The psychology of reasoning is increasingly considering agents' values and preferences, achieving greater integration with judgment and decision making, social cognition, and moral reasoning. Some of this research investigates utility conditionals, ‘‘if p then q’’ statements where the realization of p or q or both is valued by some agents. Various approaches to utility conditionals share the assumption that reasoners make inferences from utility conditionals based on the comparison between the utility of p and the expected utility of q. This (...) article introduces a new parameter in this analysis, the underlying causal structure of the conditional. Four experiments showed that causal structure moderated utility-informed conditional reasoning. These inferences were strongly invited when the underlying structure of the conditional was causal, and significantly less so when the underlying structure of the conditional was diagnostic. This asymmetry was only observed for conditionals in which the utility of q was clear, and disappeared when the utility of q was unclear. Thus, an adequate account of utility-informed inferences conditional reasoning requires three components: utility, probability, and causal structure. (shrink)
The objective of this study is to analyze the measurability and interfirm comparability of sustainability performance through the qualitative content analysis of 12 sustainability reports of mining firms using the Global Reporting Initiative guidelines. The systematic comparison of information disclosed in 92 GRI indicators sheds light on the reasons underlying the impossibility of rigorously measuring and comparing the sustainability performance of firms from the same sector, which are supposed to be strictly following the same reporting guideline. These reasons include qualitative (...) aspects of sustainability, lack of compliance with GRI protocols, indicator contingency, ambiguous or incomplete information, data heterogeneity, and report opacity. The study makes it possible to return to the very notion of sustainability, its meaning, and flexible application by organizations. The results are discussed from three different theoretical perspectives, each of which proposes possible and complementary explanations of the main findings. (shrink)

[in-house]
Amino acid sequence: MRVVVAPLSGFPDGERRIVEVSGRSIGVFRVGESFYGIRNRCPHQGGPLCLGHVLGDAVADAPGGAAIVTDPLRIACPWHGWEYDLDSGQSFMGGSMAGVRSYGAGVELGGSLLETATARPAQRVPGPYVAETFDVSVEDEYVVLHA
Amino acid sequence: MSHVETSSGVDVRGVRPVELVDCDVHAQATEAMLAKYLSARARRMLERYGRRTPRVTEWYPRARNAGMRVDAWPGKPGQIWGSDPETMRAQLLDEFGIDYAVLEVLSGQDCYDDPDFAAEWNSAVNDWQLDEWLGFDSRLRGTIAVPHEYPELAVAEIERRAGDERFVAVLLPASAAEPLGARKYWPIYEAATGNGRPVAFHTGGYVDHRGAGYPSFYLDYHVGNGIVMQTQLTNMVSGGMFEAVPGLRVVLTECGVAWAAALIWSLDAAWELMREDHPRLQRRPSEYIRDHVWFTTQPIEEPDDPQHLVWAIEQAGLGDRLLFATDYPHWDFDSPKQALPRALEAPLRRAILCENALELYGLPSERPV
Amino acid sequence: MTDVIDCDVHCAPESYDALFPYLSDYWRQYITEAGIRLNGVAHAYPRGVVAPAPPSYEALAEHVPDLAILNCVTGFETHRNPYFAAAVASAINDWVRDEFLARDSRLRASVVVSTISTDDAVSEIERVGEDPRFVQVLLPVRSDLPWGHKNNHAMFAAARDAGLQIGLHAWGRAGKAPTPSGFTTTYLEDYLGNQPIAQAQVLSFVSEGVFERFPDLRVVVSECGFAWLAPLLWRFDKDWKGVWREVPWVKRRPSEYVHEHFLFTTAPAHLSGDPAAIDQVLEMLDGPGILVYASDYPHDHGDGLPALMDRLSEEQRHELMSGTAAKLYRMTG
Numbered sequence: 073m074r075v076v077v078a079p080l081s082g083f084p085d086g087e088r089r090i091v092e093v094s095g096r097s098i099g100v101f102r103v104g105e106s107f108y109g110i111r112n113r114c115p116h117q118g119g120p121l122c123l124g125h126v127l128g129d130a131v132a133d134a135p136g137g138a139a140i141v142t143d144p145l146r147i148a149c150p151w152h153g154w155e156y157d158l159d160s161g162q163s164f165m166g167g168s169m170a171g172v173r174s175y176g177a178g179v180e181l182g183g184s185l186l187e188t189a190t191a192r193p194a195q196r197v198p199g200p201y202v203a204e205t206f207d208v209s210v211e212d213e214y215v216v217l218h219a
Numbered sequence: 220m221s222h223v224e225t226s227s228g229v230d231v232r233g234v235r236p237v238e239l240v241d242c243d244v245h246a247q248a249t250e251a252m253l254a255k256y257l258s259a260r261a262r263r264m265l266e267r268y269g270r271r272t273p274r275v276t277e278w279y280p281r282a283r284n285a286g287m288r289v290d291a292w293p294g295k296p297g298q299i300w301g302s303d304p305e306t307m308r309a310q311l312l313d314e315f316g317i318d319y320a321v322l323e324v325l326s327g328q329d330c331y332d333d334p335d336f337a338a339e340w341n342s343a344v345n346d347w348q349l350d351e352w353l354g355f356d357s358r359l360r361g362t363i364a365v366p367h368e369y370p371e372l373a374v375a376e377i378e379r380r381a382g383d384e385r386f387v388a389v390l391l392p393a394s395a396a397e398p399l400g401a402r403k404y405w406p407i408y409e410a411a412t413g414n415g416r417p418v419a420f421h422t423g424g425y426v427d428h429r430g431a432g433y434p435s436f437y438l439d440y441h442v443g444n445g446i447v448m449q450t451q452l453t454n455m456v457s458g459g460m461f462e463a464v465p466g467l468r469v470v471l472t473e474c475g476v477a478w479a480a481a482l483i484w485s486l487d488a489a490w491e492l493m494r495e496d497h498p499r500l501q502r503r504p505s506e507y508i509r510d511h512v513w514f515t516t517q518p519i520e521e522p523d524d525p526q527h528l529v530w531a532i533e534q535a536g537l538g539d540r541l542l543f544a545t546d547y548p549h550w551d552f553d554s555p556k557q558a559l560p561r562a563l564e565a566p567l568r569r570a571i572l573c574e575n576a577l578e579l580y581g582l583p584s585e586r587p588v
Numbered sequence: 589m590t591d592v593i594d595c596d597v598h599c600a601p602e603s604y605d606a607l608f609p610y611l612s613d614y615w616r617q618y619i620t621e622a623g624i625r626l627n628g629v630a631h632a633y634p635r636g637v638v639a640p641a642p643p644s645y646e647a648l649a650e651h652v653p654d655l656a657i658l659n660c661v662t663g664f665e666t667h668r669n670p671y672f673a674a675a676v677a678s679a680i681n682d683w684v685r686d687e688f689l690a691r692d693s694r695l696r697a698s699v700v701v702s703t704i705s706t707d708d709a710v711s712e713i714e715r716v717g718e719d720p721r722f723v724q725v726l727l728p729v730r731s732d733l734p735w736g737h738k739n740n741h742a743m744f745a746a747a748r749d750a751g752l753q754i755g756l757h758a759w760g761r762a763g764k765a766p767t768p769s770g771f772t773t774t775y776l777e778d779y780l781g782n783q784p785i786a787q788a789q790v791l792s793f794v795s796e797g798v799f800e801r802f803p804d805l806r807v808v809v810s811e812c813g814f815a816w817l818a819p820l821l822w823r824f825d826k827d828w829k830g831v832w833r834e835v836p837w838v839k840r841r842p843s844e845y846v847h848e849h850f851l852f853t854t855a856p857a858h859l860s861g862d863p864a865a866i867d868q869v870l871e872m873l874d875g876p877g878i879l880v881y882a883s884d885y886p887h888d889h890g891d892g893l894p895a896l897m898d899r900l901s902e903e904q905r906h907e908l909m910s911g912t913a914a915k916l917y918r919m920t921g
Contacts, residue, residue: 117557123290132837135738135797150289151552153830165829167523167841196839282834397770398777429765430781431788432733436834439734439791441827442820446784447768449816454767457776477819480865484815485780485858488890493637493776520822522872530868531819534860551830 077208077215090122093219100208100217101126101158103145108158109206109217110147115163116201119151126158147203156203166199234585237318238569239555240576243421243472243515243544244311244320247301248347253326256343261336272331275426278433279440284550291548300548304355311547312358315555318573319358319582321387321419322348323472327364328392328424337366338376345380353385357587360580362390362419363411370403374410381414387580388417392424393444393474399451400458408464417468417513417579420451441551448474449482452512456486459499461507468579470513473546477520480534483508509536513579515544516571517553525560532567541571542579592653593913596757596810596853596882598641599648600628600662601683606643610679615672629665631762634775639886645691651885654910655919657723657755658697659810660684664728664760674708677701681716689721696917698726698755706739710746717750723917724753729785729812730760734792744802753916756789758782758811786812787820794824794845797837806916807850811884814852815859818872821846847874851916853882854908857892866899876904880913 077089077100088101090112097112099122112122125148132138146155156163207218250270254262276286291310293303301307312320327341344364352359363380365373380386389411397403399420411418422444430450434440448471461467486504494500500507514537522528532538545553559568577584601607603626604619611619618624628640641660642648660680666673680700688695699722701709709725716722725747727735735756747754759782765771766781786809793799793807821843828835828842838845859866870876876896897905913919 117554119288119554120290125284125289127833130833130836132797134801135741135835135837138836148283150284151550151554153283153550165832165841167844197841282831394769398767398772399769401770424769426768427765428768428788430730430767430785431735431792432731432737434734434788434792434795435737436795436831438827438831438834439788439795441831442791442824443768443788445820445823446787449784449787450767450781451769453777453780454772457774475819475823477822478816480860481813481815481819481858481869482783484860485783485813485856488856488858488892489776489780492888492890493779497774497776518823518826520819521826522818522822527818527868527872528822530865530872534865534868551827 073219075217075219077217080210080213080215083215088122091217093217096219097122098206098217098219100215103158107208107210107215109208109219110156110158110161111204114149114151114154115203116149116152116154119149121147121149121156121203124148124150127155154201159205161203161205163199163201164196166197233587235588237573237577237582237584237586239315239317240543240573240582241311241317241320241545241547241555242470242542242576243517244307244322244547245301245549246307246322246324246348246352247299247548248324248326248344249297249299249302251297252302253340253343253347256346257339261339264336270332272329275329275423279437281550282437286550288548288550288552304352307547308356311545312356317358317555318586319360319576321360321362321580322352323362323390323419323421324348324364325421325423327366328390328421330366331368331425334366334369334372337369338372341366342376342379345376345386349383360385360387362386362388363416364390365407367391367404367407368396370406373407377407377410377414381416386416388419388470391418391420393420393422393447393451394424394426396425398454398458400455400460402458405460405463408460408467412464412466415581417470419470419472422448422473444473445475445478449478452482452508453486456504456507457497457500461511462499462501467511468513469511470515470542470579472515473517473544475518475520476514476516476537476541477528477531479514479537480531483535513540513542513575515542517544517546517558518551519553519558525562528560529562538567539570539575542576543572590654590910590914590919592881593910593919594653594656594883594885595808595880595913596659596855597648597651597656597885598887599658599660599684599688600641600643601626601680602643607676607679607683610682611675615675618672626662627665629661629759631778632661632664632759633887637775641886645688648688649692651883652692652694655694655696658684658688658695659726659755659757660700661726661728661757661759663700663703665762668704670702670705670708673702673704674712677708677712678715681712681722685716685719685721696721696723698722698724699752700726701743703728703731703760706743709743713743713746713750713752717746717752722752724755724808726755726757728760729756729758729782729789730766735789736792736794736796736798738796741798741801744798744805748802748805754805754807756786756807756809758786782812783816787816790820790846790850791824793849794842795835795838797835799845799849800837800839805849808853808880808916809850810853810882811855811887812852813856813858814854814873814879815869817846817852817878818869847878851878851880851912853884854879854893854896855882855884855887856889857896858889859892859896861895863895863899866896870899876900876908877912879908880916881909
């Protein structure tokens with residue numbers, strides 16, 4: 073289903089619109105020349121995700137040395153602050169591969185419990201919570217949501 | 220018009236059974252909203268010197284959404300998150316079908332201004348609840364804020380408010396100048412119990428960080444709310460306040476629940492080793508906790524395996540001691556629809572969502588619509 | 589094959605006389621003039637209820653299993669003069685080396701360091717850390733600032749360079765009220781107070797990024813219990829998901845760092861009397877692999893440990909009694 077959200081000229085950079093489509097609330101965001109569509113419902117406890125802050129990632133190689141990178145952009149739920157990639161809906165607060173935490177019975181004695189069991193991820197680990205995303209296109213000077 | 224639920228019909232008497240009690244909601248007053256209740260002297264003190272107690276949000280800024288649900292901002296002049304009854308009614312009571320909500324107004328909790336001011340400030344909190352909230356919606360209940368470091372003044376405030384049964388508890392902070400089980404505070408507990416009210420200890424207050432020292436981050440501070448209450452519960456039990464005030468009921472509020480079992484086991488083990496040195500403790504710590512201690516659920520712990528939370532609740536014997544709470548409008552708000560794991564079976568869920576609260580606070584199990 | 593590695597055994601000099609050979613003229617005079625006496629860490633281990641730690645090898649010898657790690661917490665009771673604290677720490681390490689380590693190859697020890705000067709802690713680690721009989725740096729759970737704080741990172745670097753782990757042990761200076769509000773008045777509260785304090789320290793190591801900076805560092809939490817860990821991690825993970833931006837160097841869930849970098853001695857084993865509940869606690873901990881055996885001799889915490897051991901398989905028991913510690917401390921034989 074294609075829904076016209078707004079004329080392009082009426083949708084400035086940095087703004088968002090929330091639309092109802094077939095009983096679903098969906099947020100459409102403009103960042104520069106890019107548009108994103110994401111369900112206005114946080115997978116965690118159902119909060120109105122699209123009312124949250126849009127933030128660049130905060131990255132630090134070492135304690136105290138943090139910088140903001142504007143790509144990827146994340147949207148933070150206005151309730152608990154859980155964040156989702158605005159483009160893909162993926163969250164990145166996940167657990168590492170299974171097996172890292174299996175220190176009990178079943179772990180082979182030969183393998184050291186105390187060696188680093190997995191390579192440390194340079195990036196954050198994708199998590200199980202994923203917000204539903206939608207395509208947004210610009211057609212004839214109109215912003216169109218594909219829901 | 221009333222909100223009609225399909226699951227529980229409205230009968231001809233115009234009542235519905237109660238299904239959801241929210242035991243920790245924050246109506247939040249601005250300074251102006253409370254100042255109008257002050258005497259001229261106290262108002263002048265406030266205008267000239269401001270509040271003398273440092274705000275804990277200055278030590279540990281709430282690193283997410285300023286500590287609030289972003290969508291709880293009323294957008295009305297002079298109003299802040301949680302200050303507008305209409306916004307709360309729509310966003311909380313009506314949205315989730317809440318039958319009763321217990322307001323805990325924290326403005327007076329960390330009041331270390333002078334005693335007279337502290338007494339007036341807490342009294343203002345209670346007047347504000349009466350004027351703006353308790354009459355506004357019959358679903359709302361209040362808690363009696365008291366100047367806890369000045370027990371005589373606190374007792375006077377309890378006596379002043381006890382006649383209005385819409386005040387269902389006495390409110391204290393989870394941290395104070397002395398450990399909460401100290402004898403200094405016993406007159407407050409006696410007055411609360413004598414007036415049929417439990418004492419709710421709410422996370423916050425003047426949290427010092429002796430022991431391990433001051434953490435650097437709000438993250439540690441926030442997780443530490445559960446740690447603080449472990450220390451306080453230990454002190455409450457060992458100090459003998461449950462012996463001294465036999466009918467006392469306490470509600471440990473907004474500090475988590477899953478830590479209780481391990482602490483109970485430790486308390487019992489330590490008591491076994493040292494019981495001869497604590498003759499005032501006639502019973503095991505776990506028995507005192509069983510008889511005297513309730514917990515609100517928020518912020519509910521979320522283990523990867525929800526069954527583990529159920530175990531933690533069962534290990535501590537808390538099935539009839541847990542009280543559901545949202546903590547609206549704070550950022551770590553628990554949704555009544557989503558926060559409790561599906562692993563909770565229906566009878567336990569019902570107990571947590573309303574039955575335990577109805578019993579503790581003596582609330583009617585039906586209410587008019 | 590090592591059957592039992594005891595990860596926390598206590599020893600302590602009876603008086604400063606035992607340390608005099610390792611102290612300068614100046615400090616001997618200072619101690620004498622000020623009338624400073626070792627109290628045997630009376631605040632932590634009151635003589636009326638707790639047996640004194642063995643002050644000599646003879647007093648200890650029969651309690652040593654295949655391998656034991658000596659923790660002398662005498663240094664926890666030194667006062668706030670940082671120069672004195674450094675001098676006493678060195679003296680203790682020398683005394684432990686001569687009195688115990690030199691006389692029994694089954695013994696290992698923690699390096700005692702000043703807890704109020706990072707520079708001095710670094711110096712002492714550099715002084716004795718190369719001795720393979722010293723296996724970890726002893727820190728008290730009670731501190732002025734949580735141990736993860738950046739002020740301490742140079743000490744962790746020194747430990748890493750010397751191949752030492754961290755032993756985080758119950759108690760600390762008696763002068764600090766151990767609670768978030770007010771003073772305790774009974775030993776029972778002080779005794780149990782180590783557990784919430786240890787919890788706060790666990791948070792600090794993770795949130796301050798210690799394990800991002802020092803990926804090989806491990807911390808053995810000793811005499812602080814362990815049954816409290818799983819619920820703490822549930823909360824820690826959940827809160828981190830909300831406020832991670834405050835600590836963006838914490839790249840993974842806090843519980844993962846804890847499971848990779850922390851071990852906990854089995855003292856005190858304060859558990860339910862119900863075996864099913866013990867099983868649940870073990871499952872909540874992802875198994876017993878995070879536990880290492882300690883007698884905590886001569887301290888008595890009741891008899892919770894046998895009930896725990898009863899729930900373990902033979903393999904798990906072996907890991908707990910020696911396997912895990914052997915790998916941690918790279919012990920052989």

The rise of big digital data is changing the framework within which linguists, sociologists, anthropologists, and other researchers are working. Semiotics is not spared by this paradigm shift. A data-driven computational semiotics is the study with an intensive use of computational methods of patterns in human-created contents related to semiotic phenomena. One of the most promising frameworks in this research program is the Semantic Vector Space models and their methods. The objective of this article is to contribute to the exploration (...) of the SVS for a computational semiotics by showing what types of semiotic analysis can be accomplished within this framework. The study is applied to a unique body of digitized artworks. We conducted three short experiments in which we explore three types of semiotic analysis: paradigmatic analysis, componential analysis, and topic modelling analysis. The results reported show that the SVS constitutes a powerful framework within which various types of semiotic analysis can be carried out. (shrink)